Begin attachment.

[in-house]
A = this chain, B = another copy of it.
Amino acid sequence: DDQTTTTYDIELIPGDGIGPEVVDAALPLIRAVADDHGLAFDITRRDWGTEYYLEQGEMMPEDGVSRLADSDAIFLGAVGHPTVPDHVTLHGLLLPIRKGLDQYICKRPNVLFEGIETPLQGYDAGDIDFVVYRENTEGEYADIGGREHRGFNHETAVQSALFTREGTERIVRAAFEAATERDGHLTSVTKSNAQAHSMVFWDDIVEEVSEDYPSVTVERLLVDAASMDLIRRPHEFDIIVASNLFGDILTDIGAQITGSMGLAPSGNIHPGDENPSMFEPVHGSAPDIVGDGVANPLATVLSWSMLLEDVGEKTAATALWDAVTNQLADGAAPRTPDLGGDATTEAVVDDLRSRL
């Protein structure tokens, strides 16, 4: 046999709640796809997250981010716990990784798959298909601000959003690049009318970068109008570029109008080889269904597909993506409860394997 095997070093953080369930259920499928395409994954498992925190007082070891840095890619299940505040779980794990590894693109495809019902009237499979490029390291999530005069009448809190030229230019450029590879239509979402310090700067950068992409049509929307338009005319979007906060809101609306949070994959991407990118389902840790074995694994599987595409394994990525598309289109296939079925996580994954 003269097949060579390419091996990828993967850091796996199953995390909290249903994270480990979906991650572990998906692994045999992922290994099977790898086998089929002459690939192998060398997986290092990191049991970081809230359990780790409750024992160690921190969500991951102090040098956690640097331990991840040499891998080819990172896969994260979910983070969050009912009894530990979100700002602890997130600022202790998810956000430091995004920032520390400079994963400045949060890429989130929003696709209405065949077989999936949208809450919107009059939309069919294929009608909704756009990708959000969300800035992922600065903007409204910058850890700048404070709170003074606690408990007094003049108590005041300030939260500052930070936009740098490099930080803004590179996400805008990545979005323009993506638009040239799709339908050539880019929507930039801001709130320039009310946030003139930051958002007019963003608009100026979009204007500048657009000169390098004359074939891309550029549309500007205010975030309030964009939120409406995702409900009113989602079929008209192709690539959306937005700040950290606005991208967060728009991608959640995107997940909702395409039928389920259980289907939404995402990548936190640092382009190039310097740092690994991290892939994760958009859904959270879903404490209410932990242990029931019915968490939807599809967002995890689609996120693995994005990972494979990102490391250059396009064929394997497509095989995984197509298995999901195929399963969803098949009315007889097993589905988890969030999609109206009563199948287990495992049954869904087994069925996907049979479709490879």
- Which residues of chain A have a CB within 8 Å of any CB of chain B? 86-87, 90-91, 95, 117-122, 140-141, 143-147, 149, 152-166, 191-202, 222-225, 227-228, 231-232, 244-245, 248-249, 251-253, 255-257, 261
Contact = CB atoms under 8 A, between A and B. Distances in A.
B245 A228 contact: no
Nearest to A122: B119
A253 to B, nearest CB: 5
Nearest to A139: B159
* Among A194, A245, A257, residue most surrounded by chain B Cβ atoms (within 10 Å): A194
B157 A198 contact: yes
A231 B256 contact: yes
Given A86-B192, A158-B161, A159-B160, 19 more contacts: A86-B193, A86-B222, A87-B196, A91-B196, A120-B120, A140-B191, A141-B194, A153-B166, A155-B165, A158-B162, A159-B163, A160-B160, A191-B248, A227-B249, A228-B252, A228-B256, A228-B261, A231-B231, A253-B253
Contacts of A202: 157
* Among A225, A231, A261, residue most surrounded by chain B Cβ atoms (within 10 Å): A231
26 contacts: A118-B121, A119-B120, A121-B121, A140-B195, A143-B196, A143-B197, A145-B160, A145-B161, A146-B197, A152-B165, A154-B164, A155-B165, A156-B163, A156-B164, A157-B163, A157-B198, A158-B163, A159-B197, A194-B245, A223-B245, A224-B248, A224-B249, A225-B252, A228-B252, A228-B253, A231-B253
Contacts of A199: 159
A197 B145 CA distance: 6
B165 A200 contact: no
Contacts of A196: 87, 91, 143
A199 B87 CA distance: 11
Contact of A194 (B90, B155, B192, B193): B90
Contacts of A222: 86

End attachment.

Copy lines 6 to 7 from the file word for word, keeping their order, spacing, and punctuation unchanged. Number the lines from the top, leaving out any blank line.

Contact = CB atoms under 8 A, between A and B. Distances in A.
B245 A228 contact: no